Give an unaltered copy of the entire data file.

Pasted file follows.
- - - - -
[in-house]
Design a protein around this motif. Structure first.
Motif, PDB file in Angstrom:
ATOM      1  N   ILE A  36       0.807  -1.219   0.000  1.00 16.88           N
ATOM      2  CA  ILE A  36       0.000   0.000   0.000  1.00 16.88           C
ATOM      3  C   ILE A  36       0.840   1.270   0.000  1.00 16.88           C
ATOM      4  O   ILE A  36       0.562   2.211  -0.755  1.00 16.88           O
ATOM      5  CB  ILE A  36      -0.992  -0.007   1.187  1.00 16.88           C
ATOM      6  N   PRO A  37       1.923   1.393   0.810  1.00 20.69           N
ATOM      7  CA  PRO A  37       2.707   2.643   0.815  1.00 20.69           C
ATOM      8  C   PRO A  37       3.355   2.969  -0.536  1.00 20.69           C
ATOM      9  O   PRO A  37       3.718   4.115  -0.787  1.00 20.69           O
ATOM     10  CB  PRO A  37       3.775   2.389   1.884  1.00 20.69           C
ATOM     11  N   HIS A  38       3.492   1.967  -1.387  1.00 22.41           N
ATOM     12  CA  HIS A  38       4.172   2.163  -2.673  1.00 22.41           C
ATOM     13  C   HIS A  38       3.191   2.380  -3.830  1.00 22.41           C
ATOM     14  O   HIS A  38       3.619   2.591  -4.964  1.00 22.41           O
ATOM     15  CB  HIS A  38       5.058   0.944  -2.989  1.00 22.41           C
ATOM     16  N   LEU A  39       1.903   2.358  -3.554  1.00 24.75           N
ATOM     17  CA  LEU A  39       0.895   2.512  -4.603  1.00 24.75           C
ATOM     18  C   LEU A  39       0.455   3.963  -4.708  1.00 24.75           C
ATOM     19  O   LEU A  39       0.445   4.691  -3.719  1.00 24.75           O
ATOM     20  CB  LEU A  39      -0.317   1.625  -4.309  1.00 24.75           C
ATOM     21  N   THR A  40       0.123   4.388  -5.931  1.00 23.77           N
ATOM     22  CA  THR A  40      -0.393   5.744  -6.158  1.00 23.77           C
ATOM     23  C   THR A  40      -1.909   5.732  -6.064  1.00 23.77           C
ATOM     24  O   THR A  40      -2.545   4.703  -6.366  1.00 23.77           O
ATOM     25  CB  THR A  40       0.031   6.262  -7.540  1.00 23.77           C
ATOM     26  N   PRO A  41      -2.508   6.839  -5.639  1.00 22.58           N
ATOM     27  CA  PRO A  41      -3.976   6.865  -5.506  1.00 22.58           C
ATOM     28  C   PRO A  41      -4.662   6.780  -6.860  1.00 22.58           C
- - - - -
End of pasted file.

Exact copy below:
[in-house]
Design a protein around this motif. Structure first.
Motif, PDB file in Angstrom:
ATOM      1  N   ILE A  36       0.807  -1.219   0.000  1.00 16.88           N
ATOM      2  CA  ILE A  36       0.000   0.000   0.000  1.00 16.88           C
ATOM      3  C   ILE A  36       0.840   1.270   0.000  1.00 16.88           C
ATOM      4  O   ILE A  36       0.562   2.211  -0.755  1.00 16.88           O
ATOM      5  CB  ILE A  36      -0.992  -0.007   1.187  1.00 16.88           C
ATOM      6  N   PRO A  37       1.923   1.393   0.810  1.00 20.69           N
ATOM      7  CA  PRO A  37       2.707   2.643   0.815  1.00 20.69           C
ATOM      8  C   PRO A  37       3.355   2.969  -0.536  1.00 20.69           C
ATOM      9  O   PRO A  37       3.718   4.115  -0.787  1.00 20.69           O
ATOM     10  CB  PRO A  37       3.775   2.389   1.884  1.00 20.69           C
ATOM     11  N   HIS A  38       3.492   1.967  -1.387  1.00 22.41           N
ATOM     12  CA  HIS A  38       4.172   2.163  -2.673  1.00 22.41           C
ATOM     13  C   HIS A  38       3.191   2.380  -3.830  1.00 22.41           C
ATOM     14  O   HIS A  38       3.619   2.591  -4.964  1.00 22.41           O
ATOM     15  CB  HIS A  38       5.058   0.944  -2.989  1.00 22.41           C
ATOM     16  N   LEU A  39       1.903   2.358  -3.554  1.00 24.75           N
ATOM     17  CA  LEU A  39       0.895   2.512  -4.603  1.00 24.75           C
ATOM     18  C   LEU A  39       0.455   3.963  -4.708  1.00 24.75           C
ATOM     19  O   LEU A  39       0.445   4.691  -3.719  1.00 24.75           O
ATOM     20  CB  LEU A  39      -0.317   1.625  -4.309  1.00 24.75           C
ATOM     21  N   THR A  40       0.123   4.388  -5.931  1.00 23.77           N
ATOM     22  CA  THR A  40      -0.393   5.744  -6.158  1.00 23.77           C
ATOM     23  C   THR A  40      -1.909   5.732  -6.064  1.00 23.77           C
ATOM     24  O   THR A  40      -2.545   4.703  -6.366  1.00 23.77           O
ATOM     25  CB  THR A  40       0.031   6.262  -7.540  1.00 23.77           C
ATOM     26  N   PRO A  41      -2.508   6.839  -5.639  1.00 22.58           N
ATOM     27  CA  PRO A  41      -3.976   6.865  -5.506  1.00 22.58           C
ATOM     28  C   PRO A  41      -4.662   6.780  -6.860  1.00 22.58           C